Home Innovation INTERVIEW WITH MERAB TCHIRAKADZE, PHYSICIST


E ISSN 1987 - 8257

INTERVIEW WITH MERAB TCHIRAKADZE, PHYSICIST Print E-mail
Tuesday, 09 June 2009 18:59

Question – What is the main idea of your invention?
Answer
– The main idea of our invention is a new and efficient way of utilizing energy of water waves. This is one of the important problems in modern technical science.


Question – What are differences of your invention from other ideas and models in this field?
Answer
– Our version is different from all existing ideas and models known to us by simplicity of technical implementation: imagine a cable, one end of which is attached to a buoy on the sea, and the other end stretches to the shore. This cable runs in the same direction as the waves, floats on the water’s surface, and can rotate around its own axis. Under these circumstances, we can transfer the mechanical energy of the water waves to the shore.

 

Question – What rotates the cable?
Answer
– A rotor with flexible fins attached perpendicularly to the axis – let’s call it a turbine for our purposes. Such a turbine would be turned either by the forward or backward motion of the sea waves. Many such turbines together can convert the energy of waves into other useful types of energy.

 

Question – What are the advantages of your version compared to already existing models?
Answer
– This model is much simpler, more stable and cheaper than any previous models known to us. Our idea can be thought of as on the new path for development of floating turbines.


Question – Could you please indicate concrete advantages of your model in more detail?
Answer
– There are several of them:

  1. Usually other such models utilize energy of a single wave during a particular phase of wave motion. In our model all waves along the length of the cable (length of which can be hundreds of meters) transfer part of their energy to the cable.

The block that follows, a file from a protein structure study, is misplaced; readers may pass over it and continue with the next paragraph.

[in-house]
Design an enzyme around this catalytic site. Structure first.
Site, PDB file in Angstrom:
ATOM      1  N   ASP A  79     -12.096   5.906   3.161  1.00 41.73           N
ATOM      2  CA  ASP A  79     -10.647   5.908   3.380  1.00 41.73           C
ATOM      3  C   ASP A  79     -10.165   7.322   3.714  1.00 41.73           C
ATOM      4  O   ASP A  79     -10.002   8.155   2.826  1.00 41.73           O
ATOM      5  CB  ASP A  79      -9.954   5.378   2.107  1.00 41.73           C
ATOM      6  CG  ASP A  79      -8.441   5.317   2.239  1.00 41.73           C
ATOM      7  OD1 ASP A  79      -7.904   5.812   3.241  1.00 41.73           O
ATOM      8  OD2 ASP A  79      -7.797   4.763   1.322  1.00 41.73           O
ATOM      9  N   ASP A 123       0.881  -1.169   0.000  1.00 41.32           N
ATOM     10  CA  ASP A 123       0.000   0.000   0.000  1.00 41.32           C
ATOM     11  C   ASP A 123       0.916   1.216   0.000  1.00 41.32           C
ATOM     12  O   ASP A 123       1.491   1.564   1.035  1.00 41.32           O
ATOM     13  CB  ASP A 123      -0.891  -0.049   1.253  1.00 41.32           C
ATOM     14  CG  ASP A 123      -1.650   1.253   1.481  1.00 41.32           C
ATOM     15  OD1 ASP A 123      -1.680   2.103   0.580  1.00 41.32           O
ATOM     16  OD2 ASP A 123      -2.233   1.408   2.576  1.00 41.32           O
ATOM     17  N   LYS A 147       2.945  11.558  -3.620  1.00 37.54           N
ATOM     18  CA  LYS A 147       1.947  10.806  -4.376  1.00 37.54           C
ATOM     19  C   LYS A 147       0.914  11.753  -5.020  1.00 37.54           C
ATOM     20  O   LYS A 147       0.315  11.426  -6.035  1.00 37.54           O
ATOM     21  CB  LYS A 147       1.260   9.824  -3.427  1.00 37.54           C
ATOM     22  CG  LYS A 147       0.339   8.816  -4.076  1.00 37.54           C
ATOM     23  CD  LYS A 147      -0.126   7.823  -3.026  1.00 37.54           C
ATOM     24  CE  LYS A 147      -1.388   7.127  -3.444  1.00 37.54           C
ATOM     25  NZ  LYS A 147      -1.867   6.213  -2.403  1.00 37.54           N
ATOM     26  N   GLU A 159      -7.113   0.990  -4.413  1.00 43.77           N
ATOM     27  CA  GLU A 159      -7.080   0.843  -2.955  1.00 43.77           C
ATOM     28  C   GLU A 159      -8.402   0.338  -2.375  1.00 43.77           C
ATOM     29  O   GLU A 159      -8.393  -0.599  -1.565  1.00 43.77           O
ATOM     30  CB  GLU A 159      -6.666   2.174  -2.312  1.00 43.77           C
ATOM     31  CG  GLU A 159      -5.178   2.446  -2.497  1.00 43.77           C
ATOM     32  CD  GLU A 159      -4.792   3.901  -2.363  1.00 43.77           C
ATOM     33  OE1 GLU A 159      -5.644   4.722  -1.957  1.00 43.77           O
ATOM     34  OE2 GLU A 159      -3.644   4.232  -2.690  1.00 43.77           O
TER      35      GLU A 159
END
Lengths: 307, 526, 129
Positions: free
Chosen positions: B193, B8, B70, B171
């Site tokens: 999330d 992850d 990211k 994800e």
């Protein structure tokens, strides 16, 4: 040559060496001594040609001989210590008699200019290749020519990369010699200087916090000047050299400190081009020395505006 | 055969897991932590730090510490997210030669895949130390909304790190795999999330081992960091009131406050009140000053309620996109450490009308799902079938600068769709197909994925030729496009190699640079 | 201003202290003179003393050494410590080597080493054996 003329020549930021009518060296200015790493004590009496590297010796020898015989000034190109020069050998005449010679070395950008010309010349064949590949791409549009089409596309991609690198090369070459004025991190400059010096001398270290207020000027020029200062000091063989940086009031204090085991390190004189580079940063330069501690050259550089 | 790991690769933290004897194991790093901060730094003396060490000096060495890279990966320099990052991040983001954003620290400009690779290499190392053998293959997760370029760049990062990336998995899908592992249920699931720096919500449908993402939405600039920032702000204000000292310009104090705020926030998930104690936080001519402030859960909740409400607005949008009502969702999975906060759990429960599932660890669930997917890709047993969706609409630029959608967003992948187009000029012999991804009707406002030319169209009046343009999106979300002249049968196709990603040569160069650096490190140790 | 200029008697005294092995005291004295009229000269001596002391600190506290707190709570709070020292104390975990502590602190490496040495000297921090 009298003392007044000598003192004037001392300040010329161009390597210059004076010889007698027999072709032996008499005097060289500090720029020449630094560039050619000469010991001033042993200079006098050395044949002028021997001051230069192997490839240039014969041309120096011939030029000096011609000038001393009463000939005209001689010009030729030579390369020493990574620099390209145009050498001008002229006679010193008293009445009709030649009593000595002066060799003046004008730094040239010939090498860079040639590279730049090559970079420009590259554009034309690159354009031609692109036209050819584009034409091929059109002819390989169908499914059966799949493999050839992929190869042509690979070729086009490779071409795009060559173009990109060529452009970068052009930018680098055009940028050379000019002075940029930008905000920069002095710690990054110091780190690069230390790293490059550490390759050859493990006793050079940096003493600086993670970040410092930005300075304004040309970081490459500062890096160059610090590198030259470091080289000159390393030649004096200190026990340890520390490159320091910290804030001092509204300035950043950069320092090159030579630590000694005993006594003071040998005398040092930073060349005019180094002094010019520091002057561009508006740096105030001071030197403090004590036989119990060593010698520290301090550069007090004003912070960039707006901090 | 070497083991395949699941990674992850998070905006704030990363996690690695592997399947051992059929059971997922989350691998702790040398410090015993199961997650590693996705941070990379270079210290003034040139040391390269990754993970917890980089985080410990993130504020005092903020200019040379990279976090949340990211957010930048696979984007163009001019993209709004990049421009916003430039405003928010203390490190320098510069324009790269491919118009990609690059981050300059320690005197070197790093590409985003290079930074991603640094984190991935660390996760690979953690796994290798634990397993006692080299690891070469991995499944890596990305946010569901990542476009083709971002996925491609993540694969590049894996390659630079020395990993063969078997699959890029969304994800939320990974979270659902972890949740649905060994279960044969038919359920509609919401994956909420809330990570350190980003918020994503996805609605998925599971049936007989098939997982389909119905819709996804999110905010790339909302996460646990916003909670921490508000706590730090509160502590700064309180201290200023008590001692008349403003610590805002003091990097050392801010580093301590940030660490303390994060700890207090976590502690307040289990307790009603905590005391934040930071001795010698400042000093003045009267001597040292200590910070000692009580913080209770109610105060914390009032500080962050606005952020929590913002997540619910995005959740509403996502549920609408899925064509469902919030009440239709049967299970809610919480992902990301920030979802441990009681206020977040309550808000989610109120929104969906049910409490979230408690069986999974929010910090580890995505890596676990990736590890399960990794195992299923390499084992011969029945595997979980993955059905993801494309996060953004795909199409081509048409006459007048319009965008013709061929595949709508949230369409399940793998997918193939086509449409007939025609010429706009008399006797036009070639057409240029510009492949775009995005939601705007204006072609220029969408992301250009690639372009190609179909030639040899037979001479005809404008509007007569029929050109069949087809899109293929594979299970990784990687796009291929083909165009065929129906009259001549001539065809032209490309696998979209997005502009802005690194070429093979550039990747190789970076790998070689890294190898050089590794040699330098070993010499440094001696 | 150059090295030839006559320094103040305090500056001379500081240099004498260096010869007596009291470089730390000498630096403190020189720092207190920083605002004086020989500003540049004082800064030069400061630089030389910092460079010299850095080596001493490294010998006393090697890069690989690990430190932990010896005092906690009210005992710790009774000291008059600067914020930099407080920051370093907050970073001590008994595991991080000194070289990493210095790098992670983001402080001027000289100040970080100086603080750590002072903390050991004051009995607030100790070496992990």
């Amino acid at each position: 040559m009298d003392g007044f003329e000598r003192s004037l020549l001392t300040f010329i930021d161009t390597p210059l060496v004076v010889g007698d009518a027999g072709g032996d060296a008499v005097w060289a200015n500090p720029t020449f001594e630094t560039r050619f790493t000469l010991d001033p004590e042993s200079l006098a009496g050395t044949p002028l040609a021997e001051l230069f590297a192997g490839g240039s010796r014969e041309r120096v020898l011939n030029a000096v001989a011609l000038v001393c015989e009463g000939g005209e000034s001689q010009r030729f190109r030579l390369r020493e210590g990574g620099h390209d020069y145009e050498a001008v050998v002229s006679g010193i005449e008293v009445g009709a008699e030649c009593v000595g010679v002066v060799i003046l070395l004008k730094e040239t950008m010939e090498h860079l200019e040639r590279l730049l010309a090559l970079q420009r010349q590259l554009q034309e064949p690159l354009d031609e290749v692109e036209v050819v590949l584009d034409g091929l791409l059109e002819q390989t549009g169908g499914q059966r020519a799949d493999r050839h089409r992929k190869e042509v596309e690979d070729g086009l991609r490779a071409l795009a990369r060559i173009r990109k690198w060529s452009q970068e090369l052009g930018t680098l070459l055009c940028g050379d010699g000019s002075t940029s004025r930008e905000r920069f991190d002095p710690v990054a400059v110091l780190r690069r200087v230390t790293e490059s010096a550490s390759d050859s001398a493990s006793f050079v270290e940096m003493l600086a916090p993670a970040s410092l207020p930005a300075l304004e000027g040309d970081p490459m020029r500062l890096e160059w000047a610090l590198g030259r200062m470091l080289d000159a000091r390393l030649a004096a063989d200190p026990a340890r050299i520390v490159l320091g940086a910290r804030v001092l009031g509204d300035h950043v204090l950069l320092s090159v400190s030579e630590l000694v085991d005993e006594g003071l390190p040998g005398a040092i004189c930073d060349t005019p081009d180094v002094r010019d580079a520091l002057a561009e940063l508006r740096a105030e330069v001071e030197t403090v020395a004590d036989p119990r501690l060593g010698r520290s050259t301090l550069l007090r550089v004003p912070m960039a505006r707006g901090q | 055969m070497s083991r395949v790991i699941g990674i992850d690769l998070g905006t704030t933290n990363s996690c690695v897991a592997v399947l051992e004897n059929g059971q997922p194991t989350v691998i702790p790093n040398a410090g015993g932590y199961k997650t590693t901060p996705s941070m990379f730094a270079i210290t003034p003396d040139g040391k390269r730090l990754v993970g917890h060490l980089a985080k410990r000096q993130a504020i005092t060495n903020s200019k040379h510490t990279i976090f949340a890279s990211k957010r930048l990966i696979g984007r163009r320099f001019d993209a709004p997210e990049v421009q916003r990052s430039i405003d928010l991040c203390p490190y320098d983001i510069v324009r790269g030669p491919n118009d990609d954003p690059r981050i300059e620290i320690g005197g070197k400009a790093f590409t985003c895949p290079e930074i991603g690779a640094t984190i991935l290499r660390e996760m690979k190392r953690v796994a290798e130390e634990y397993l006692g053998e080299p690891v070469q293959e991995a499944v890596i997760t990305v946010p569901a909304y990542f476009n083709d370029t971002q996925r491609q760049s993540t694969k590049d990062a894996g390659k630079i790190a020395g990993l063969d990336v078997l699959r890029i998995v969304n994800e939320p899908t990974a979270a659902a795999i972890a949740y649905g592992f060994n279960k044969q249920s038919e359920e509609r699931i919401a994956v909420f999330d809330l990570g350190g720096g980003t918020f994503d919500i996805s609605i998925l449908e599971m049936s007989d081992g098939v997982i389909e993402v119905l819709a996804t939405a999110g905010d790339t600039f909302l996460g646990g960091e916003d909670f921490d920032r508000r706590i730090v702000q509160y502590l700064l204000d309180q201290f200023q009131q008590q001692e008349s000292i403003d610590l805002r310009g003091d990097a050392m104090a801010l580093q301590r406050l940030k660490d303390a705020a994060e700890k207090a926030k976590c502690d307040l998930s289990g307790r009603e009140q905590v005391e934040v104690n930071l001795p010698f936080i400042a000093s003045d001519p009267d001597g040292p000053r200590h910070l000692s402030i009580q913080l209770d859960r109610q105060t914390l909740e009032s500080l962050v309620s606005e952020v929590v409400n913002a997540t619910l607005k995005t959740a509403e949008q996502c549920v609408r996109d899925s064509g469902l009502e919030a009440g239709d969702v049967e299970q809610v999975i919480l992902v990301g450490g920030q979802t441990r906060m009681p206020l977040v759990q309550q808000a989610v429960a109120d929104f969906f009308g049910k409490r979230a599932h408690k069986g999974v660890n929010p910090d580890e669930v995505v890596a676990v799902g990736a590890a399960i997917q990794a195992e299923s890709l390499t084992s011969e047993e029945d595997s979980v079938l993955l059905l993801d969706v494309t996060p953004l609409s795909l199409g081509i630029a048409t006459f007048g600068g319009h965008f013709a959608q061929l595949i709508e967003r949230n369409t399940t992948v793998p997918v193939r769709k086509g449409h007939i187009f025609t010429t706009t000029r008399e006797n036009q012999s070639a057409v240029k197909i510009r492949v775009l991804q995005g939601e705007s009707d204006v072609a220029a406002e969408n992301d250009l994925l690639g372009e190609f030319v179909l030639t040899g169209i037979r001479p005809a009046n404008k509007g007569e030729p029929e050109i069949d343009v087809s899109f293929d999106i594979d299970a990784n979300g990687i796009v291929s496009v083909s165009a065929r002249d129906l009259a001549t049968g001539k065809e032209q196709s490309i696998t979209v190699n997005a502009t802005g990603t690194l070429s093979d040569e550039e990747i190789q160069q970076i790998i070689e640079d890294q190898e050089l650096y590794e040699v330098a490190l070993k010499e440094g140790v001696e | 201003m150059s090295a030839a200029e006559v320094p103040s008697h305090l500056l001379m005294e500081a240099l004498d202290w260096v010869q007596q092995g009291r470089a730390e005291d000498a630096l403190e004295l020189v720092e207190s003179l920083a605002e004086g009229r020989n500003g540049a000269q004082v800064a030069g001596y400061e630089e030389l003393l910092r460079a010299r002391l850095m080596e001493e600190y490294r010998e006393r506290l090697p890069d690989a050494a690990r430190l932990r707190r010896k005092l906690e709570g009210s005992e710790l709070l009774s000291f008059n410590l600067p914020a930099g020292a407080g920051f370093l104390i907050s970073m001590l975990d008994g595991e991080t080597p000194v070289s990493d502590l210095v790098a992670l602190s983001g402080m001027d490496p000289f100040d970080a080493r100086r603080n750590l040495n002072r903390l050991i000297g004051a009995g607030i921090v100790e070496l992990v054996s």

2. Any mechanical turbine needs to be rigidly attached to something, which creates additional technical complications. Our model is freely floating on a surface of water, so there are no difficulties related to stabilizing the turbine.
  3. One of the significant problems of similar systems is the transport of the energy from the sea to the shore (by the electric cable on the bottom of the sea, for example). In our model, energy is naturally delivered to the shore for further utilization.

Question – What amount of energy can be generated by your model?
Answer
– We’ve only created a lab model of one turbine, which confirmed the validity of our idea. As for the amount of energy – it depends on the type of the material used for the cable, the type of waves etc.


Question – Are you going to create a working model?
Answer
– Unfortunately, we don’t have enough resources right now, but if we can find funding, we would easily be able to build a working model.


Question – Is this problem being scientifically studied right now?
Answer
– Unfortunately, no. Our country still has a number of well-qualified scientists in this field, but there is basically nothing available in the way of laboratory facilities and financial support. Right now we have access to only one modest experimental device in Tbilisi State University, when some twenty years ago there were around 30 wave-making lab devices throughout Georgia. It is no secret that without substantial financial and technical support it is impossible to achieve any important scientific goal.


Question – What will happen with the idea of your turbine, what are you going to do in this respect?
Answer
– For now, we can only publicize our ideas through the internet. According to Paris Convection, our group is at the top of the list to get a patent for our model during one year in 100 countries. If any person or organization has interest in our idea, we are ready to pursue further research and create a working model.
 

Last Updated on Tuesday, 20 October 2009 19:34
 
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